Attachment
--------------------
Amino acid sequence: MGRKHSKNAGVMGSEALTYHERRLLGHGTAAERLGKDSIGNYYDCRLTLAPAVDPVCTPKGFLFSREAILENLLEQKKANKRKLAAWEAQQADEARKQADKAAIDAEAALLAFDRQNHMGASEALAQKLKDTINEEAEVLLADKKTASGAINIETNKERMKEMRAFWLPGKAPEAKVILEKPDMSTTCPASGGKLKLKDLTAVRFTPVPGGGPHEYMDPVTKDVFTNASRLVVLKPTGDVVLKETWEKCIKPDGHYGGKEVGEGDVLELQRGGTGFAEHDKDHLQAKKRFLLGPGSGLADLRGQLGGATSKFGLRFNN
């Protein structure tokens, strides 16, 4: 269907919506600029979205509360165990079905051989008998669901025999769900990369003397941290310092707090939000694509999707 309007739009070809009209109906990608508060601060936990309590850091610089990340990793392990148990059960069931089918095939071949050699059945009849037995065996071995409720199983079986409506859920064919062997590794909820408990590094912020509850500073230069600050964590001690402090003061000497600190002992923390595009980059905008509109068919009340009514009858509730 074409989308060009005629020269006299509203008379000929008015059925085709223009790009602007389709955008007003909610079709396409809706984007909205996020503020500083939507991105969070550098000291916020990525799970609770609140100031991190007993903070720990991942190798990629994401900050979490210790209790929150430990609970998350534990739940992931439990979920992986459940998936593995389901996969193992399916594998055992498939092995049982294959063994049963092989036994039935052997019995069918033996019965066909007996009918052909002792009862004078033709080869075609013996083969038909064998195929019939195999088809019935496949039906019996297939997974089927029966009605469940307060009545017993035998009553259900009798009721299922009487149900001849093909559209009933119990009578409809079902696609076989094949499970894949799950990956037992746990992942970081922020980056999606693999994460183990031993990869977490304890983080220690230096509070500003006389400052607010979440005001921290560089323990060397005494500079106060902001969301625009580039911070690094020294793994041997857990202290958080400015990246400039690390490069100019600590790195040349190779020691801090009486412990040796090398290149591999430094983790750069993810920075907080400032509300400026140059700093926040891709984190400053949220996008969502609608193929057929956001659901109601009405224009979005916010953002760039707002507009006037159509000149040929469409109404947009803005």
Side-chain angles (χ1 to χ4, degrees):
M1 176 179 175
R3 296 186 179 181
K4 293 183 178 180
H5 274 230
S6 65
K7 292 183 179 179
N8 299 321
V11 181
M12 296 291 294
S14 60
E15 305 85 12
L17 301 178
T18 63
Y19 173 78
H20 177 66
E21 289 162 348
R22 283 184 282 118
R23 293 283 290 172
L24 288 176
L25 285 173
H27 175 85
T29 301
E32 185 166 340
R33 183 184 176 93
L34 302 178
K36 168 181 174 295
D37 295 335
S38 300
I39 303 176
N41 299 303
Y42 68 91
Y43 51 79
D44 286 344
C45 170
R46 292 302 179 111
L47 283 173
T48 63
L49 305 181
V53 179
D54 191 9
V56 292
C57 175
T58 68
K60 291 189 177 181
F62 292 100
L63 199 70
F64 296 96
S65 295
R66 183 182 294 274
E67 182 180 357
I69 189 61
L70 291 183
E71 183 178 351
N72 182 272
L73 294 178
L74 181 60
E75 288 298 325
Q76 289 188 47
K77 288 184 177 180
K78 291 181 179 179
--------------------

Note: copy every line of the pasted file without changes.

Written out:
Amino acid sequence: MGRKHSKNAGVMGSEALTYHERRLLGHGTAAERLGKDSIGNYYDCRLTLAPAVDPVCTPKGFLFSREAILENLLEQKKANKRKLAAWEAQQADEARKQADKAAIDAEAALLAFDRQNHMGASEALAQKLKDTINEEAEVLLADKKTASGAINIETNKERMKEMRAFWLPGKAPEAKVILEKPDMSTTCPASGGKLKLKDLTAVRFTPVPGGGPHEYMDPVTKDVFTNASRLVVLKPTGDVVLKETWEKCIKPDGHYGGKEVGEGDVLELQRGGTGFAEHDKDHLQAKKRFLLGPGSGLADLRGQLGGATSKFGLRFNN
């Protein structure tokens, strides 16, 4: 269907919506600029979205509360165990079905051989008998669901025999769900990369003397941290310092707090939000694509999707 309007739009070809009209109906990608508060601060936990309590850091610089990340990793392990148990059960069931089918095939071949050699059945009849037995065996071995409720199983079986409506859920064919062997590794909820408990590094912020509850500073230069600050964590001690402090003061000497600190002992923390595009980059905008509109068919009340009514009858509730 074409989308060009005629020269006299509203008379000929008015059925085709223009790009602007389709955008007003909610079709396409809706984007909205996020503020500083939507991105969070550098000291916020990525799970609770609140100031991190007993903070720990991942190798990629994401900050979490210790209790929150430990609970998350534990739940992931439990979920992986459940998936593995389901996969193992399916594998055992498939092995049982294959063994049963092989036994039935052997019995069918033996019965066909007996009918052909002792009862004078033709080869075609013996083969038909064998195929019939195999088809019935496949039906019996297939997974089927029966009605469940307060009545017993035998009553259900009798009721299922009487149900001849093909559209009933119990009578409809079902696609076989094949499970894949799950990956037992746990992942970081922020980056999606693999994460183990031993990869977490304890983080220690230096509070500003006389400052607010979440005001921290560089323990060397005494500079106060902001969301625009580039911070690094020294793994041997857990202290958080400015990246400039690390490069100019600590790195040349190779020691801090009486412990040796090398290149591999430094983790750069993810920075907080400032509300400026140059700093926040891709984190400053949220996008969502609608193929057929956001659901109601009405224009979005916010953002760039707002507009006037159509000149040929469409109404947009803005």
Side-chain angles (χ1 to χ4, degrees):
M1 176 179 175
R3 296 186 179 181
K4 293 183 178 180
H5 274 230
S6 65
K7 292 183 179 179
N8 299 321
V11 181
M12 296 291 294
S14 60
E15 305 85 12
L17 301 178
T18 63
Y19 173 78
H20 177 66
E21 289 162 348
R22 283 184 282 118
R23 293 283 290 172
L24 288 176
L25 285 173
H27 175 85
T29 301
E32 185 166 340
R33 183 184 176 93
L34 302 178
K36 168 181 174 295
D37 295 335
S38 300
I39 303 176
N41 299 303
Y42 68 91
Y43 51 79
D44 286 344
C45 170
R46 292 302 179 111
L47 283 173
T48 63
L49 305 181
V53 179
D54 191 9
V56 292
C57 175
T58 68
K60 291 189 177 181
F62 292 100
L63 199 70
F64 296 96
S65 295
R66 183 182 294 274
E67 182 180 357
I69 189 61
L70 291 183
E71 183 178 351
N72 182 272
L73 294 178
L74 181 60
E75 288 298 325
Q76 289 188 47
K77 288 184 177 180
K78 291 181 179 179